As of the time of this writing, the State of Florida has surpassed New York as the state with the second-most recorded COVID-19 cases in the nation, exceeded only by California. According to the COVID-19 Dashboard from John Hopkins University, more than 420,000 people have been diagnosed with COVID-19 in Florida. As the death toll begins to catch up to record-breaking single-day increases in new cases among residents, it’s no wonder that Florida is emerging as the new global epicenter for the pandemic. With those facts in mind, it’s easy to see why employers and employees alike have questions regarding the liability of employers in workers’ compensation claims regarding COVID-19.
That’s why, in this article, we set out to break down and simplify some of the complexities of determining whether or not an employee contracted COVID-19 as a result of work-related exposure. Should you have any concerns whatsoever regarding how you can work to shield your business from potential liability, COVID-19-related claims or any other type of claims, don’t hesitate to reach out to one of our workers compensation defense attorneys in Florida.
COVID-19 and Occupational Disease
On April 6, 2020, the Florida Office of Insurance Regulation issued an informational memorandum on workers’ compensation guidance for COVID-19. This memorandum laid out the following guidelines regarding eligibility for workers’ compensation benefits:
First responders, health care workers, and others that contract COVID-19 due to work-related exposure would be eligible for workers’ compensation benefits under Florida law. See § 440.151, Fla Stat.
Not unsurprisingly, the most important part of this memorandum lies in the Florida statute it links back to — Occupational Diseases. In other words, in order for these workers to be eligible for workers’ compensation benefits, COVID-19 must meet the requirements of the statute. These requirements are as follows:
- The employee must have contracted the disease as a result of performing their job.
- The likelihood of contracting the disease must be substantially higher in the employee’s occupation than compared to the general public.
The difficulty of providing the necessary documentation for these requirements is reflected in the rate of new filings for workers’ compensation claims. Either fewer workers are actually in the workplace (which is probable), or they simply aren’t succeeding in filing workers’ compensation claims.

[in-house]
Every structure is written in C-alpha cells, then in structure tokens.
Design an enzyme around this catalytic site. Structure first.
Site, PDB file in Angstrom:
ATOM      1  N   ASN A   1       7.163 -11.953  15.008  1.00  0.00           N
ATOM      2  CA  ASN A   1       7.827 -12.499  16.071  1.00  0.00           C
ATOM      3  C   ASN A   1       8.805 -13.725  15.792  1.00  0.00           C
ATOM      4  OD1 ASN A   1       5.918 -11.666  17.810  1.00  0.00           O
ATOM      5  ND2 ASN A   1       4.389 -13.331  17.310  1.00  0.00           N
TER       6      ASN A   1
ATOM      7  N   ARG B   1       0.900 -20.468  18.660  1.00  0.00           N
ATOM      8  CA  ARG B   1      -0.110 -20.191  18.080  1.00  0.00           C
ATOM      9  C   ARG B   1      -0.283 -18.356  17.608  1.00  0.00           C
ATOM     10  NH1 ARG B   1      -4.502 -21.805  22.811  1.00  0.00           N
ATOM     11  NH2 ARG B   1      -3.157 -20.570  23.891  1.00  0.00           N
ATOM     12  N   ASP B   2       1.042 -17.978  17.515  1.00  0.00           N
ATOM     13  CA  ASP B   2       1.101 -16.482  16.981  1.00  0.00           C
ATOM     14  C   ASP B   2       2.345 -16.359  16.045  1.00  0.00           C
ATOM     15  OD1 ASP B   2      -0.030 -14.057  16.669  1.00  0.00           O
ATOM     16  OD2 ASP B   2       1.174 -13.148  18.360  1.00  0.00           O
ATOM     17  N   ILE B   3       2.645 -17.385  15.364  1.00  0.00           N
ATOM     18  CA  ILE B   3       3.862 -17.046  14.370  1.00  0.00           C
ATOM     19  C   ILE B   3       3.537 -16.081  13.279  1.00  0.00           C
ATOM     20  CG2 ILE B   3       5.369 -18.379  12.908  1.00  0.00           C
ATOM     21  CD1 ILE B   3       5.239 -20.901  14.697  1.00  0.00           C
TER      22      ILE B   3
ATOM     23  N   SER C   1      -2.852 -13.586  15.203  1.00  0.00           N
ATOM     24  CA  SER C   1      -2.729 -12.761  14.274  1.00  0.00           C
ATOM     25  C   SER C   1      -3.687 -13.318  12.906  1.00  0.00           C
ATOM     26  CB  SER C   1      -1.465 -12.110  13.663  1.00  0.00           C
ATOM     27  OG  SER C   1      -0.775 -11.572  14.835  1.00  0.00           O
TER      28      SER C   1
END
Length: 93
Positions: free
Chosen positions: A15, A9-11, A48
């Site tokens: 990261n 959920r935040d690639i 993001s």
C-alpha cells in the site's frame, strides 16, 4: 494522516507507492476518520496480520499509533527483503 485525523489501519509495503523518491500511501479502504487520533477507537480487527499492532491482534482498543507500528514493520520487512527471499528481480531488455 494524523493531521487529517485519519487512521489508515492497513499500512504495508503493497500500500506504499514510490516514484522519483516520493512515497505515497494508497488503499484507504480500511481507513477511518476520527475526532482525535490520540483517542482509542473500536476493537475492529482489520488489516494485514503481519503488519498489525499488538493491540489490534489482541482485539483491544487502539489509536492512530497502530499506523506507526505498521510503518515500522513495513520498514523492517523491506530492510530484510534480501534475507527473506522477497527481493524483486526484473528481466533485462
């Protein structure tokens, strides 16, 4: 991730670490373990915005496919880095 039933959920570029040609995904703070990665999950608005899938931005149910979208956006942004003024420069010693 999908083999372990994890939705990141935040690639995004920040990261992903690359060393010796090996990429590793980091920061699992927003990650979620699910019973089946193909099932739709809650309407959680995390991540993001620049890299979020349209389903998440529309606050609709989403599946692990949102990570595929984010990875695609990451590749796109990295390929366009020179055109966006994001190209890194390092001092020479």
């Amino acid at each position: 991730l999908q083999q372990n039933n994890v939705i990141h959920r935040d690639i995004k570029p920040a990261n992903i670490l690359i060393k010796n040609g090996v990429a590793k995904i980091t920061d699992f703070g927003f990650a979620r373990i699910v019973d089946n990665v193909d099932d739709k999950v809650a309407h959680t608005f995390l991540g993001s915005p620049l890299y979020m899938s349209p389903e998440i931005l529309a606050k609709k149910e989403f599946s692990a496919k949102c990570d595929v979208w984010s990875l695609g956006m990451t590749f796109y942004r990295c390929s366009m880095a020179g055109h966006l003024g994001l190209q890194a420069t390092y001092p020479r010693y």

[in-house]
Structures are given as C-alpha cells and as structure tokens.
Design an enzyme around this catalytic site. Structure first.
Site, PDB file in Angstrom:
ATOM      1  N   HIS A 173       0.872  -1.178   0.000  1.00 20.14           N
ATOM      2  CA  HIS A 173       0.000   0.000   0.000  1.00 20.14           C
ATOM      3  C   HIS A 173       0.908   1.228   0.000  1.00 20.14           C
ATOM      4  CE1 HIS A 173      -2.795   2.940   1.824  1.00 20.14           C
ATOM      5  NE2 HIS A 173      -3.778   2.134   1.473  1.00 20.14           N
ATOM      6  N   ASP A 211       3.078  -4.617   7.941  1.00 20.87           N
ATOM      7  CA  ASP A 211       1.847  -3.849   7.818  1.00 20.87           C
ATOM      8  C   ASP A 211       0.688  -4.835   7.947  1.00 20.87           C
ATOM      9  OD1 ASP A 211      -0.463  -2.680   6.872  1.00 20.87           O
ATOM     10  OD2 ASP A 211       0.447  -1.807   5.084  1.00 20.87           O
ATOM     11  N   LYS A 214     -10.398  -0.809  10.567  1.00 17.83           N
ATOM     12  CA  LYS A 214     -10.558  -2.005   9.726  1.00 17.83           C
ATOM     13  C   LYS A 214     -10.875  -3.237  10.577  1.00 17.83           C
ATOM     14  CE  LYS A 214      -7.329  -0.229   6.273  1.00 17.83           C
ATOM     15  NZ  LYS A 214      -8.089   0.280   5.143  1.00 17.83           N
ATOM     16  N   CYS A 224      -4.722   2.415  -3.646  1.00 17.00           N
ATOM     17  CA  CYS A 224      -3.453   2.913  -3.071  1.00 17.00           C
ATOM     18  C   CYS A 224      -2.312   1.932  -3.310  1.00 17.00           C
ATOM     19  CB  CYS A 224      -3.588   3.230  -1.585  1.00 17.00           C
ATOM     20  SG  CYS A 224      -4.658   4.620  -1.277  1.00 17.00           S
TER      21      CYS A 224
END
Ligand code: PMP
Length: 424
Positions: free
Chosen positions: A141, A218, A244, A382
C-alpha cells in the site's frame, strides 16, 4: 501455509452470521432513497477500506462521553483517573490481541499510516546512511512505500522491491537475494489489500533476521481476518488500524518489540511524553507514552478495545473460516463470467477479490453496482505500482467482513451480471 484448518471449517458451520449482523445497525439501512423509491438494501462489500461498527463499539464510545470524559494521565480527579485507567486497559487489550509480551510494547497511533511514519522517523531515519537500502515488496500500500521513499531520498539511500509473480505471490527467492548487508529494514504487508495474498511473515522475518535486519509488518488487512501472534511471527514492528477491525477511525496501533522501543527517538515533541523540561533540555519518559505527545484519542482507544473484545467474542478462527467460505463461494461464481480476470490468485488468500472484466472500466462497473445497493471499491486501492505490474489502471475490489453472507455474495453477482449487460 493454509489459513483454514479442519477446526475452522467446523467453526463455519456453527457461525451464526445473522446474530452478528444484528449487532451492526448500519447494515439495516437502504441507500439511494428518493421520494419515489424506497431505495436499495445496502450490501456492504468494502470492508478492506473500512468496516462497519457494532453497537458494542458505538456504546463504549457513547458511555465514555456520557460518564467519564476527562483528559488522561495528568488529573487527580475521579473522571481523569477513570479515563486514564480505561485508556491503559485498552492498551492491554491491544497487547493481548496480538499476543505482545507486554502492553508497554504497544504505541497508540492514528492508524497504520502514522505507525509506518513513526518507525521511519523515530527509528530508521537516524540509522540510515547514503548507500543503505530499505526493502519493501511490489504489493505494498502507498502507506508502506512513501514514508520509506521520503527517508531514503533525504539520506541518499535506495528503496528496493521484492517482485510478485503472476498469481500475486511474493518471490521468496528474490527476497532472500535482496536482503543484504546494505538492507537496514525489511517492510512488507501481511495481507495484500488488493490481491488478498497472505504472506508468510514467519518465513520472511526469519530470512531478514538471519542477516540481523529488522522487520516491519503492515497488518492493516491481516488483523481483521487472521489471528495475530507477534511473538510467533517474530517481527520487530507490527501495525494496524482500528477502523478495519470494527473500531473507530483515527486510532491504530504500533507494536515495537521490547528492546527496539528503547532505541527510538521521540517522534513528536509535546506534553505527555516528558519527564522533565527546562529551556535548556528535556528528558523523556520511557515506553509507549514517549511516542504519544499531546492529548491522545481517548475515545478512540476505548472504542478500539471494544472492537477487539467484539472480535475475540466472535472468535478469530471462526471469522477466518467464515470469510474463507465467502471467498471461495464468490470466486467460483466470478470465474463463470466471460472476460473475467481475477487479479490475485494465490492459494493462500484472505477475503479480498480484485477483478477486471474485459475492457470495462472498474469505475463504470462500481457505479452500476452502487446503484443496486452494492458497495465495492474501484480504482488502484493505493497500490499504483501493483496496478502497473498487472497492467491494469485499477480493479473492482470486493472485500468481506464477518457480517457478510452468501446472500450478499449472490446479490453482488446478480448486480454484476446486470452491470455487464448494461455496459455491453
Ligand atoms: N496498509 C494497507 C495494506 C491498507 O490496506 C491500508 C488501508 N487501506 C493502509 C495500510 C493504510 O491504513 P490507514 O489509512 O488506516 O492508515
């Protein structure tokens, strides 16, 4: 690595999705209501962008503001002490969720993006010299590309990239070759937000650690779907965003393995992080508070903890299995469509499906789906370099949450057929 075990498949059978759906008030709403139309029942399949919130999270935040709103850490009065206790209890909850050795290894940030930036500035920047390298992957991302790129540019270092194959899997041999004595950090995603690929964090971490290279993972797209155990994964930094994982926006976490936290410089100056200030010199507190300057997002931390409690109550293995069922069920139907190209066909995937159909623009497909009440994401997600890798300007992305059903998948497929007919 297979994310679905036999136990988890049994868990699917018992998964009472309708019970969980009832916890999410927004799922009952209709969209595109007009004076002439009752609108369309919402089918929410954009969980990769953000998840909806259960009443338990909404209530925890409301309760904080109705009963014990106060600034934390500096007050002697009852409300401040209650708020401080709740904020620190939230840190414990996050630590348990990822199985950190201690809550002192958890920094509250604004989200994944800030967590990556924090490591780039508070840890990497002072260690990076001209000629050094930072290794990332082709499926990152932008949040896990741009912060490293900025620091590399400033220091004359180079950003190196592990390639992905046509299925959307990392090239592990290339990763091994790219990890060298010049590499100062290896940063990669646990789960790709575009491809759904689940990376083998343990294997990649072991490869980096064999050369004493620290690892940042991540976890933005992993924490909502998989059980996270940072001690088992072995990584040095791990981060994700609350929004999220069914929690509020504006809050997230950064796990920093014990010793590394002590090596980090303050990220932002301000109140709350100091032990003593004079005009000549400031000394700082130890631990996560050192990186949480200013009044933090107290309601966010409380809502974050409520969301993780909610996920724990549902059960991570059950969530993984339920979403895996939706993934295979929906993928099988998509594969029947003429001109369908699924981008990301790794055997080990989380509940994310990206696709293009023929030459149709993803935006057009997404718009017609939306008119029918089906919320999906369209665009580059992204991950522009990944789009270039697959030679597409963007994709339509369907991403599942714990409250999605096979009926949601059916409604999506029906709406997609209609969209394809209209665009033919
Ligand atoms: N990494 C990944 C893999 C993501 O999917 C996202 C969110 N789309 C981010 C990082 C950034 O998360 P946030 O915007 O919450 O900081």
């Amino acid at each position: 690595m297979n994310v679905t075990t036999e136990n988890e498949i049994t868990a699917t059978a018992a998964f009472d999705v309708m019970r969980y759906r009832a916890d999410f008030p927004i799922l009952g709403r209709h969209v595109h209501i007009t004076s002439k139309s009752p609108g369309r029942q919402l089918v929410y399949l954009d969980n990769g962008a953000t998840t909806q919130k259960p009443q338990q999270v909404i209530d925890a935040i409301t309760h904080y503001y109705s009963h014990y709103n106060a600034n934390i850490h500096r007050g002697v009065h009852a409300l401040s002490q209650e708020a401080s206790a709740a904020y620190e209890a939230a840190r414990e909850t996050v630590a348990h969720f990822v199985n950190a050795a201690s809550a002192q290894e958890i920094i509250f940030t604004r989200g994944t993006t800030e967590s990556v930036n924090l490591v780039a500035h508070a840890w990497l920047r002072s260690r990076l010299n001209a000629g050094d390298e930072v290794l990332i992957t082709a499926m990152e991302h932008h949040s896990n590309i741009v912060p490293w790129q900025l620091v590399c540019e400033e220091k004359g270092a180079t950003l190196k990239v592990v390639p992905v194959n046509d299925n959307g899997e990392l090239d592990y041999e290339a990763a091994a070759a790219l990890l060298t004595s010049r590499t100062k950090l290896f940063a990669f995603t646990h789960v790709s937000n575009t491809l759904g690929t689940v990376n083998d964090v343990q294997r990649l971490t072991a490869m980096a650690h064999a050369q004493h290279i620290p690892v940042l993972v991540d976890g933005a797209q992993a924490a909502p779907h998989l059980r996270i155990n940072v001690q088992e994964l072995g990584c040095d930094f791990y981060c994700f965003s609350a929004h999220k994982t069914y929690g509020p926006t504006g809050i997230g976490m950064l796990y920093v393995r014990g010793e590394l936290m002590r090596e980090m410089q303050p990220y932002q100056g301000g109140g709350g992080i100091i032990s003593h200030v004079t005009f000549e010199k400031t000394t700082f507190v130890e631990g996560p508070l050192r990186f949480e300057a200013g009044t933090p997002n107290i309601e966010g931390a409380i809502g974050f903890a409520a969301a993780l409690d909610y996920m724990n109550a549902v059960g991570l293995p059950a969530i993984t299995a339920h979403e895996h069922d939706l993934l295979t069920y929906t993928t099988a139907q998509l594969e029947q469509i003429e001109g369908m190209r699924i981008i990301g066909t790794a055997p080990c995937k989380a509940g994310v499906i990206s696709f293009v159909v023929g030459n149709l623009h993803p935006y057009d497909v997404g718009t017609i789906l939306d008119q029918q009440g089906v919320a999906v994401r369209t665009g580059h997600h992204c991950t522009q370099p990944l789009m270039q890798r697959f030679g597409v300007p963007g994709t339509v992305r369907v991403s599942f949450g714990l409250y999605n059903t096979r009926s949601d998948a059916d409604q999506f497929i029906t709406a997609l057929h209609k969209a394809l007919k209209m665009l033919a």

OSHA on Work-Relatedness
Fortunately for employers, due to the difficulty with determining work-relatedness, the Occupational Safety and Health Administration (OSHA) published a similar memorandum on May 19, 2020, to help employers determine whether they have complied with their obligations and made a reasonable determination of work-relatedness. First and foremost, it lays out that employers are not expected to “undertake extensive medical inquiries.” It is sufficient for the employer to discuss the following items with his or her employee:
- How the employee believes he or she contracted COVID-19
- The employee’s work and out-of-work activities that may have led to them contracting COVID-19
- The employee’s work environment as it relates to COVID-19 exposure
After that, the employer is expected to use all reasonably available evidence to determine whether the COVID-19 illness was work-related. As an employer, you won’t be held liable for information that wasn’t readily available to you at the time of the determination. In this memorandum, OSHA also provides several instances in which you have evidence that may work in favor of work-relatedness. For example, if an employee contracts COVID-19 shortly after a lengthy encounter with a customer or coworker who has COVID-19, then their illness is likely work-related. The key is to make a reasonable effort of good faith in determining the role of workplace exposure.
How Can You Best Protect Your Business?
The most successful way of reducing workers’ compensation claims regarding COVID-19 is to prevent workplace exposure to COVID-19 to the best of your ability. Any employees showing signs or symptoms of COVID-19 should be immediately identified and isolated. It’s not enough to simply remove them from the worksite — you must encourage them to seek medical assistance, if necessary, and also identify any other employees who may have come into contact with them. All of these measures should be included in what’s known as an infectious disease preparedness plan that also addresses worker absenteeism, disruptions to the supply chain, social distancing, and more.
For more resources on creating a jobsite preparedness and response plan or understanding the newly enacted leave laws, visit our COVID-19 Resources page. If you have been issued a stop work order or are facing any other legal problem related to workers’ compensation, it’s time to contact one of our workers comp defense attorneys in Florida. It will make all the difference, especially navigating the complex workers’ compensation laws, to be proactive and work with one of our workers comp defense lawyers in Florida. You’ll avoid not only massive fines but potentially felony charges of insurance fraud.
Disclaimer: The information contained in this article is for general educational information only. This information does not constitute legal advice, is not intended to constitute legal advice, nor should it be relied upon as legal advice for your specific factual pattern or situation.